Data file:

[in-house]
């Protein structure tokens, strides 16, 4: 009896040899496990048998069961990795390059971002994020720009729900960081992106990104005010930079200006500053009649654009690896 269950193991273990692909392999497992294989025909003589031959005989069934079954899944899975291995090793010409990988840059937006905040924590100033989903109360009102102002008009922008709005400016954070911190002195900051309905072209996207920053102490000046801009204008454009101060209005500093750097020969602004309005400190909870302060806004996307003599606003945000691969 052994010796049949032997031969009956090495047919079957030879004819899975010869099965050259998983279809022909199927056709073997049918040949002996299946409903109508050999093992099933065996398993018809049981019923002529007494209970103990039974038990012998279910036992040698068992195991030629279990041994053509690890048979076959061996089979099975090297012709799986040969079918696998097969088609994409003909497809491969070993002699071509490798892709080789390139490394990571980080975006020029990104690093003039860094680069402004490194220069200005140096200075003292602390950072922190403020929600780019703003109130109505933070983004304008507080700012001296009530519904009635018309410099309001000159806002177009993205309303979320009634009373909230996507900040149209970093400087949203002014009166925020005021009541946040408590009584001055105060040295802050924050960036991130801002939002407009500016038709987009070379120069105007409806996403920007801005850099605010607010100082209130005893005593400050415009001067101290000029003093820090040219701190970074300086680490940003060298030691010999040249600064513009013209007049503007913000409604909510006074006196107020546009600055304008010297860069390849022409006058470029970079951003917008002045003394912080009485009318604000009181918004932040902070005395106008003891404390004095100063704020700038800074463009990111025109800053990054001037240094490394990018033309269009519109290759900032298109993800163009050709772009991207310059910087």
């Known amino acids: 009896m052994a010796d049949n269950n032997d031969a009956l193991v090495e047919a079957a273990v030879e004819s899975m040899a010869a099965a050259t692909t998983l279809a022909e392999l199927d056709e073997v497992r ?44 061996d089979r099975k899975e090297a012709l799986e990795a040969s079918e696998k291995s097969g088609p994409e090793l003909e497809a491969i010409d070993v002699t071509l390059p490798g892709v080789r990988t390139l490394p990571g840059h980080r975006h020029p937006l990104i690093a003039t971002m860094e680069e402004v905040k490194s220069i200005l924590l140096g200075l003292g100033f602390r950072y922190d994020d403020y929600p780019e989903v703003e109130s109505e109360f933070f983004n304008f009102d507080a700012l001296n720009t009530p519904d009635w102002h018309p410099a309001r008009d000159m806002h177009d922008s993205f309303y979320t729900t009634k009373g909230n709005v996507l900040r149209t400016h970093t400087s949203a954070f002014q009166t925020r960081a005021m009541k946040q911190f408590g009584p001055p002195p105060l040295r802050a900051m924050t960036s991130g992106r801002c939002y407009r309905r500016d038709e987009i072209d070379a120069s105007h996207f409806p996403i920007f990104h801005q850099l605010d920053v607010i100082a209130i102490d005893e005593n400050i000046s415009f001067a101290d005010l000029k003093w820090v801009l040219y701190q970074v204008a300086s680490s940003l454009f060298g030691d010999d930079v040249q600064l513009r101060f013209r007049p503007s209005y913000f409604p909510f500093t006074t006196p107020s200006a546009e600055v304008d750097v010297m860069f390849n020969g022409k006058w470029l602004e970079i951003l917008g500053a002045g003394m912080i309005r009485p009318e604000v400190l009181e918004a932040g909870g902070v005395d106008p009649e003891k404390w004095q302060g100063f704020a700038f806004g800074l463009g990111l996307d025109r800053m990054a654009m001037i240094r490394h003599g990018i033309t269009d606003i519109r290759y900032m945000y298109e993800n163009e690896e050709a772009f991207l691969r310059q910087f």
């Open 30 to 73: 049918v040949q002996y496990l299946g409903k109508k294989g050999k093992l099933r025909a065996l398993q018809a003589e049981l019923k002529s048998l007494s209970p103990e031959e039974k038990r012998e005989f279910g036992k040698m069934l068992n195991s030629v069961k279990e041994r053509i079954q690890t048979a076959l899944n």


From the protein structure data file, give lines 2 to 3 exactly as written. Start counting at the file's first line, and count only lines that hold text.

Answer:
């Protein structure tokens, strides 16, 4: 009896040899496990048998069961990795390059971002994020720009729900960081992106990104005010930079200006500053009649654009690896 269950193991273990692909392999497992294989025909003589031959005989069934079954899944899975291995090793010409990988840059937006905040924590100033989903109360009102102002008009922008709005400016954070911190002195900051309905072209996207920053102490000046801009204008454009101060209005500093750097020969602004309005400190909870302060806004996307003599606003945000691969 052994010796049949032997031969009956090495047919079957030879004819899975010869099965050259998983279809022909199927056709073997049918040949002996299946409903109508050999093992099933065996398993018809049981019923002529007494209970103990039974038990012998279910036992040698068992195991030629279990041994053509690890048979076959061996089979099975090297012709799986040969079918696998097969088609994409003909497809491969070993002699071509490798892709080789390139490394990571980080975006020029990104690093003039860094680069402004490194220069200005140096200075003292602390950072922190403020929600780019703003109130109505933070983004304008507080700012001296009530519904009635018309410099309001000159806002177009993205309303979320009634009373909230996507900040149209970093400087949203002014009166925020005021009541946040408590009584001055105060040295802050924050960036991130801002939002407009500016038709987009070379120069105007409806996403920007801005850099605010607010100082209130005893005593400050415009001067101290000029003093820090040219701190970074300086680490940003060298030691010999040249600064513009013209007049503007913000409604909510006074006196107020546009600055304008010297860069390849022409006058470029970079951003917008002045003394912080009485009318604000009181918004932040902070005395106008003891404390004095100063704020700038800074463009990111025109800053990054001037240094490394990018033309269009519109290759900032298109993800163009050709772009991207310059910087």
């Known amino acids: 009896m052994a010796d049949n269950n032997d031969a009956l193991v090495e047919a079957a273990v030879e004819s899975m040899a010869a099965a050259t692909t998983l279809a022909e392999l199927d056709e073997v497992r ?44 061996d089979r099975k899975e090297a012709l799986e990795a040969s079918e696998k291995s097969g088609p994409e090793l003909e497809a491969i010409d070993v002699t071509l390059p490798g892709v080789r990988t390139l490394p990571g840059h980080r975006h020029p937006l990104i690093a003039t971002m860094e680069e402004v905040k490194s220069i200005l924590l140096g200075l003292g100033f602390r950072y922190d994020d403020y929600p780019e989903v703003e109130s109505e109360f933070f983004n304008f009102d507080a700012l001296n720009t009530p519904d009635w102002h018309p410099a309001r008009d000159m806002h177009d922008s993205f309303y979320t729900t009634k009373g909230n709005v996507l900040r149209t400016h970093t400087s949203a954070f002014q009166t925020r960081a005021m009541k946040q911190f408590g009584p001055p002195p105060l040295r802050a900051m924050t960036s991130g992106r801002c939002y407009r309905r500016d038709e987009i072209d070379a120069s105007h996207f409806p996403i920007f990104h801005q850099l605010d920053v607010i100082a209130i102490d005893e005593n400050i000046s415009f001067a101290d005010l000029k003093w820090v801009l040219y701190q970074v204008a300086s680490s940003l454009f060298g030691d010999d930079v040249q600064l513009r101060f013209r007049p503007s209005y913000f409604p909510f500093t006074t006196p107020s200006a546009e600055v304008d750097v010297m860069f390849n020969g022409k006058w470029l602004e970079i951003l917008g500053a002045g003394m912080i309005r009485p009318e604000v400190l009181e918004a932040g909870g902070v005395d106008p009649e003891k404390w004095q302060g100063f704020a700038f806004g800074l463009g990111l996307d025109r800053m990054a654009m001037i240094r490394h003599g990018i033309t269009d606003i519109r290759y900032m945000y298109e993800n163009e690896e050709a772009f991207l691969r310059q910087f």